Ben Frost & Daníel Bjarnason: “Reyja”[audio:http://alarm-magazine.com/wp-content/uploads/2011/11/Ben_Frost_Daniel_Bjarnason_Reyja.mp3|titles=Ben Frost & Daniel Bjarnason: “Reyja”]
Last year, Mat Schulz, who started Poland’s Unsound Festival, asked composers Ben Frost and Daníel Bjarnason — each residents of Reykjavík, Iceland — to rework Andre Tarkovsky’s 1972 film Sólaris. For both Frost and Bjarnason, their collaborative album Sólaris is a complete departure. Though Frost’s music is often labeled everything from dark industrial to classical minimalism, Bjarnason’s compositions are wildly extravagant yet controlled; together, it’s an inspired collaboration. Under their guidance, Sólaris achieves a delicate balance of the two personalities.
The soundtrack began as an improvisation played to the film. With the help of music software, these initial sketches were reproduced digitally and were then given to a 30-piece orchestra to replicate. Though far from the original score, what resulted was a sort of experiment between man, machine, and art, skillfully capturing the beautifully fragmented, tense, and at times haunting quality of the film.
The piece has been performed — alongside stunning visual “film manipulations” by Brian Eno and Nick Robertson — with Sinfonietta Cracovia in Krakow and New York as well as Iceland and Austria.
In light of last month’s release of Sólaris, we spoke with Bjarnason about the concepts behind the album and the soundtrack’s transformation.
Why did you choose to remake the Sólaris soundtrack? In what ways did the original fall short of your expectations?
For me, the issue was never to make a new or better soundtrack to the Tarkovsky film. The piece is simply inspired by the film and the book. Stanislav Lem wrote Sólaris in Krakow, and it had its 50-year anniversary the same year as we premiered Sólaris in Krakow during the Unsound Festival, so it was a great way to mark that occasion.
Was this originally meant to be a literal soundtrack to the film? How did it evolve into what it is now?
That was the original idea, yes, but we were quick to abandon that idea. I think we were both much more interested in taking the film as a starting point and then moving on from there. So all the music was made during improvisation session where me and Ben watched the film and improvised on top of it and recorded what we did. So every musical moment is a response to a certain scene or moment in the film. But we never watched after those initial sessions, and when I listen to the piece now, I have no idea what music goes with what scene. In a way, we left the film behind at that point and just looked at what we had musically. Then the Sinfonietta came into the process, and the whole thing took on another dimension.
Can you describe the process of recording Sólaris?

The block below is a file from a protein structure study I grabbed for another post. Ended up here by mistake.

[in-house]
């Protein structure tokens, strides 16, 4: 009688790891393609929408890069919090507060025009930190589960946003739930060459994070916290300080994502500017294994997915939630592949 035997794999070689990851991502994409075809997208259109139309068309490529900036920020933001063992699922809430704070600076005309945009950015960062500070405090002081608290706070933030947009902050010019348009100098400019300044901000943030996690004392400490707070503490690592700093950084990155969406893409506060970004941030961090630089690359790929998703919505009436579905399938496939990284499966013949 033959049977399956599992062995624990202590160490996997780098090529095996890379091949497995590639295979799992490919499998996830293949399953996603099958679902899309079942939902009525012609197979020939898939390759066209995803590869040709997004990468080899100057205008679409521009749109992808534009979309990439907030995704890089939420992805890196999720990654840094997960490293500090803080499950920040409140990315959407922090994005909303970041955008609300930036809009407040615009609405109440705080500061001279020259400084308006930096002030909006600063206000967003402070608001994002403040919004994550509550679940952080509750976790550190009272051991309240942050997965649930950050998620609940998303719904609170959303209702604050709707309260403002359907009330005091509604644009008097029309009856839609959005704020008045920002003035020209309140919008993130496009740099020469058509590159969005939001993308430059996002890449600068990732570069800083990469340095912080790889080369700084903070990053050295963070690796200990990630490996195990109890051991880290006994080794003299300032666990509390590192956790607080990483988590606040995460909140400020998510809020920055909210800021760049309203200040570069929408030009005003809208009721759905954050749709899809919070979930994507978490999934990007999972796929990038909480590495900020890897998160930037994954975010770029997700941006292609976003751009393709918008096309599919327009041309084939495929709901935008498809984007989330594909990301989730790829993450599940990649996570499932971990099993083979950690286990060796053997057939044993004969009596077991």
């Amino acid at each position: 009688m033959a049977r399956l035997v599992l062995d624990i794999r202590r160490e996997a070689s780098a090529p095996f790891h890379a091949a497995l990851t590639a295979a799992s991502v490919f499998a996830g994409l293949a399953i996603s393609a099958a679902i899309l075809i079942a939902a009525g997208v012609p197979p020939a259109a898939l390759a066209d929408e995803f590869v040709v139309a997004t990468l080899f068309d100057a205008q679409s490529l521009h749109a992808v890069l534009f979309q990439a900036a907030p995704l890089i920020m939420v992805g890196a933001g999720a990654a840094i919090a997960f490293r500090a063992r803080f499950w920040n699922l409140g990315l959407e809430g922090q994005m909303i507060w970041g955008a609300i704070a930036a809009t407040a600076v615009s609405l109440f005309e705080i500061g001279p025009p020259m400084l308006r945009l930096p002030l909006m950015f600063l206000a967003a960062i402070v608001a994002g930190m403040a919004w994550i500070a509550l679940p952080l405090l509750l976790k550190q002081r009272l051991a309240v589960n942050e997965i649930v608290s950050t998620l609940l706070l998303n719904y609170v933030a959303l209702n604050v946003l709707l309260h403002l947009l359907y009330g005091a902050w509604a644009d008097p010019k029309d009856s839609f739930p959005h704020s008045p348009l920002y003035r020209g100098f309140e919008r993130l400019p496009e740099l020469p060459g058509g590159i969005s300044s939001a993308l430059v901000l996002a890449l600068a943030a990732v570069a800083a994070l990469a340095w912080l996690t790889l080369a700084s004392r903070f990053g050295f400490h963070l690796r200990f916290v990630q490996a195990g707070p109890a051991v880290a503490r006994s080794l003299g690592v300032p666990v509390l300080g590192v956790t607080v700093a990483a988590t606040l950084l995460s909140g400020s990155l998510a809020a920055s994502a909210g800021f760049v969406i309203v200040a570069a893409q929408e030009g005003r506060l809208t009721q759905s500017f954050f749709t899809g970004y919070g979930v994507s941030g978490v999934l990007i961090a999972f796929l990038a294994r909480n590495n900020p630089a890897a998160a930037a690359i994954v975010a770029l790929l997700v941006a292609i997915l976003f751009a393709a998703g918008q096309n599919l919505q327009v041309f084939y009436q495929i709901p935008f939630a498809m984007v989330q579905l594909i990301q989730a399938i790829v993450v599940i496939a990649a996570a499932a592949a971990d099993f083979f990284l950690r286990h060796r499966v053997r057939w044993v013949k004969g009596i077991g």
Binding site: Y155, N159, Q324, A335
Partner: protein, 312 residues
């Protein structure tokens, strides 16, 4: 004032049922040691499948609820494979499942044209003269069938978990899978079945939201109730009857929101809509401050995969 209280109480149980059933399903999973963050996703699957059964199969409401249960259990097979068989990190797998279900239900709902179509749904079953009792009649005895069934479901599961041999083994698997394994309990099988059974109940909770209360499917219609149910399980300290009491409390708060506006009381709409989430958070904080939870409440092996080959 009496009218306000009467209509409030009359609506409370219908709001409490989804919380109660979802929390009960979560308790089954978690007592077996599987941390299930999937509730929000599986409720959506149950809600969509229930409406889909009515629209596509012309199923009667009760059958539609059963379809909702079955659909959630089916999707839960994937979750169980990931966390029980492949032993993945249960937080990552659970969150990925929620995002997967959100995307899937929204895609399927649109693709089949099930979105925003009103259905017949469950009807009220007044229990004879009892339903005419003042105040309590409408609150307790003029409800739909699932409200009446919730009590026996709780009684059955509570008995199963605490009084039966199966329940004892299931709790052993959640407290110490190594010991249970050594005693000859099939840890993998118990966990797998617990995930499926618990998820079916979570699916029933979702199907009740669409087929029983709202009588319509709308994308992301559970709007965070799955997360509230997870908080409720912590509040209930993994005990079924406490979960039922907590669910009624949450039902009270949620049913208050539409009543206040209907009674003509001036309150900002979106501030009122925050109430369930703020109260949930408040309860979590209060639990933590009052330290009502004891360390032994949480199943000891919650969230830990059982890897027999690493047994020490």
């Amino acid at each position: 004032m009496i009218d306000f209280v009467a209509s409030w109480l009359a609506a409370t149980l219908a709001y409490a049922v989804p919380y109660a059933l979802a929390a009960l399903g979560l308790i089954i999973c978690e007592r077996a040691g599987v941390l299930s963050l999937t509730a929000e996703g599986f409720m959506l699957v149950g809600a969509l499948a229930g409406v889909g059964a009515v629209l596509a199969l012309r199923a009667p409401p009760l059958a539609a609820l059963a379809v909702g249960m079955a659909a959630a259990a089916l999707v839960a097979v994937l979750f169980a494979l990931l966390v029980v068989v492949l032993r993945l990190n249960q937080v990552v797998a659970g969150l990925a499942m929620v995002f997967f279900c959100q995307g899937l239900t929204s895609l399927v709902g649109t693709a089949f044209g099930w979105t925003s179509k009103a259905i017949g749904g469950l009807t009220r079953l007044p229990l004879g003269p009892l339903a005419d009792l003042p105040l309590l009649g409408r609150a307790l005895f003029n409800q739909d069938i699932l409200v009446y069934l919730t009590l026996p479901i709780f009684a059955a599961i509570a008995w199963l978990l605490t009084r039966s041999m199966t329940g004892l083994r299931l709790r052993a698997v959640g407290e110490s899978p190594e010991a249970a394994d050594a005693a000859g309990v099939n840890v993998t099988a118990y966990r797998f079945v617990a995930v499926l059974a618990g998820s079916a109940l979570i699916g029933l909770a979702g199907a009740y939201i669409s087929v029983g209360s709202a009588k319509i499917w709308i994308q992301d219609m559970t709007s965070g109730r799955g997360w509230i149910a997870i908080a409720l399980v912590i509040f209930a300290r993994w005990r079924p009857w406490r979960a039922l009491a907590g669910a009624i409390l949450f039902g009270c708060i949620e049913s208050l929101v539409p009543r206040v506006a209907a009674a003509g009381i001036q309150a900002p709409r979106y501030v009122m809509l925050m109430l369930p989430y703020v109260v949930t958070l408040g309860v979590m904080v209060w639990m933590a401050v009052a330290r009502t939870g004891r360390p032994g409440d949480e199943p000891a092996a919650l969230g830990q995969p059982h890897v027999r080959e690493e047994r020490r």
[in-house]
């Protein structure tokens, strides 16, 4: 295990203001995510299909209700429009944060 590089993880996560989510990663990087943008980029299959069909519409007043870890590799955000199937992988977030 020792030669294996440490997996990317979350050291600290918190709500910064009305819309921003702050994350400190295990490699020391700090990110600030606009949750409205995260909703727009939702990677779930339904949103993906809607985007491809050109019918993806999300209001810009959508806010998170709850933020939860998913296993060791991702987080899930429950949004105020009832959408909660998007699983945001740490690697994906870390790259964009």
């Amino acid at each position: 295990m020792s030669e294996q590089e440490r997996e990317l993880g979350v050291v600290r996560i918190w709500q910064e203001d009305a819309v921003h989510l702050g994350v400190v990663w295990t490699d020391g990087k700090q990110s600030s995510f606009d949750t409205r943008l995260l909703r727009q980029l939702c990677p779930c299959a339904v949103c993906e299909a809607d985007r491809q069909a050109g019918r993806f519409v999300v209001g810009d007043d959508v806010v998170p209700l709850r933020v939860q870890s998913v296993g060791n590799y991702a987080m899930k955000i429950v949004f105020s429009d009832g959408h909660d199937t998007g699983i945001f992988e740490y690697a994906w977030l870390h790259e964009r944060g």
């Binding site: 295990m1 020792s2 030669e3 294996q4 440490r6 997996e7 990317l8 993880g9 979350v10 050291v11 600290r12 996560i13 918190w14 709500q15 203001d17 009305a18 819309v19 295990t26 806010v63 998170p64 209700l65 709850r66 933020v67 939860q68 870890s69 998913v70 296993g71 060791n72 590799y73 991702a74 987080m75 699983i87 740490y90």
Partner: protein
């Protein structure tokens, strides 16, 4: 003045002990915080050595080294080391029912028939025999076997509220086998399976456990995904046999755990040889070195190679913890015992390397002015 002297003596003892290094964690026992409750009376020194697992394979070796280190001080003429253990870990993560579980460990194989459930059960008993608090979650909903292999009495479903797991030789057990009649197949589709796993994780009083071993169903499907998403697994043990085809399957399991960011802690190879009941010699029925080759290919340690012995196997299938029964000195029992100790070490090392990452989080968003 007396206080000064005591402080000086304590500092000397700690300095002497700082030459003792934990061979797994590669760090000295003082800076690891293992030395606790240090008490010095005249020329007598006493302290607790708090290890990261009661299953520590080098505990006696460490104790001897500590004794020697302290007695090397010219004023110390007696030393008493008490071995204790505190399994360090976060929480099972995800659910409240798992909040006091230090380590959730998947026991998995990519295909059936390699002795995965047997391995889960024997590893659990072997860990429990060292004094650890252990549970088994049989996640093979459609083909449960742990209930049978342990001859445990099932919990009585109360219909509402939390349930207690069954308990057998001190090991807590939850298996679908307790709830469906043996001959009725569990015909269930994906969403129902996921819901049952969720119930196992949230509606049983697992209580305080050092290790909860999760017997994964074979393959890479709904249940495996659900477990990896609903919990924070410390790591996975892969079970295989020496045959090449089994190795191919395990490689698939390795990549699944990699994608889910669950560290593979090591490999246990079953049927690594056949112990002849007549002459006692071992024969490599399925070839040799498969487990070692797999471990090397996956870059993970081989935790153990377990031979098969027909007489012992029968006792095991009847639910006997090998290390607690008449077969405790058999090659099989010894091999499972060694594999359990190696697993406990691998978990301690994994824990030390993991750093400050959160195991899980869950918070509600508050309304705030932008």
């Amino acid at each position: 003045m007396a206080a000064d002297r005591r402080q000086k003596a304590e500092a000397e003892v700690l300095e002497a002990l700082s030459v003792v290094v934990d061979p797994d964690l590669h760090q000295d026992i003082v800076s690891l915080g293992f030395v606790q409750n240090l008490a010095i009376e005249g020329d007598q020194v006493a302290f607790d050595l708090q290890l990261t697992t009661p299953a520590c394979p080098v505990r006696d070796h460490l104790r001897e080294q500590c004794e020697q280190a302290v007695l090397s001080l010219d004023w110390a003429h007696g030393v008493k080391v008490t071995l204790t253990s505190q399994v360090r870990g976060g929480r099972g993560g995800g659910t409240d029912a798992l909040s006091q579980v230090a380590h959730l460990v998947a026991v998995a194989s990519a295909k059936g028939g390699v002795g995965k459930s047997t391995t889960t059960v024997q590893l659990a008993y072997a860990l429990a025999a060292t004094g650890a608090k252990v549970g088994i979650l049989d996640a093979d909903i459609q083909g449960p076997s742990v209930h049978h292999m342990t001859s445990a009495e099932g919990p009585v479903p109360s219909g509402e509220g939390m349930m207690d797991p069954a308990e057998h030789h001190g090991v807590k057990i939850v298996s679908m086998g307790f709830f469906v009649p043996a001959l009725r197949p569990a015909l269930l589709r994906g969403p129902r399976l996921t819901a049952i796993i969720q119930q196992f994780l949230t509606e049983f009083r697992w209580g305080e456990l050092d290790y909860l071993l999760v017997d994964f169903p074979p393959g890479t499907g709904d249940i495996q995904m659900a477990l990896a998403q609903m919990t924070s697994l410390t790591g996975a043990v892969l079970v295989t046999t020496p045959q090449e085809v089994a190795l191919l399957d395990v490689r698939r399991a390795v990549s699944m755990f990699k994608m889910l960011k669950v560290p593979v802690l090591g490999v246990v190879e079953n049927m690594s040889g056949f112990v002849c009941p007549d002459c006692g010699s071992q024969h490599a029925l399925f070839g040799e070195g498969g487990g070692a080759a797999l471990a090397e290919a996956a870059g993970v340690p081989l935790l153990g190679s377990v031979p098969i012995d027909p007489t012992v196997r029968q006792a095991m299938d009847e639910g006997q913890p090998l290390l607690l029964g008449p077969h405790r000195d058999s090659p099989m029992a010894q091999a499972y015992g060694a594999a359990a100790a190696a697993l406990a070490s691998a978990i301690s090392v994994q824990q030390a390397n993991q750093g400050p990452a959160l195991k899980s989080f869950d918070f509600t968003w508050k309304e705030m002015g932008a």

You can say that we recorded Sólaris twice: first in the initial sessions in the Greenhouse, where all the music was written, and then in the Alvernia Studios in Poland. By then we had already played the piece live, and it was recorded in the same spirit as a live performance. In the post-production, we moved things around quite a lot, though, so the version on the album is quite different from the live version.
What ideas or concepts from the film inspired the mood/tone of the compositions, and how are they reflected in the actual process of composing the music?
All the music was actually written by me and Ben watching the film and responding to its tempo and pacing. So I would say the film had an enormous impact on the music.
Musically, you two are very different. What drew you together to work on this project? How do your styles complement each other?
Ben and I have known each other for a long time, and when this project came along, we both saw it as a great opportunity to work together. We have long been admirers of each other’s music, and even though it may seem very different on the surface, I think we also have a lot of things in common. We are, for example, both very interested in texture and sound, and I think we also both are drawn to a certain visceral-ness in music.
What was Brian Eno’s inspiration behind his “film manipulations”? Did he have a role in the composing the score as well?
Brian was present during a lot of this project. He was in Krakow while we were doing the workshops with the Sinfonietta and also for the premiere. When we first came to Krakow, we were not planning on showing any visuals with the piece, but when we saw the venue we were performing in — an old cinema with a big white screen onstage — I think we all started thinking about that screen and how empty it would be in the concert without visuals. So then Brian came up with this very elegant idea for visuals based on frames from the Tarkovsky film, and that’s how he became involved in that. He didn’t partake in the music composition process, per se, but like I said, he was there for a big part of the project and was very influential in many different ways.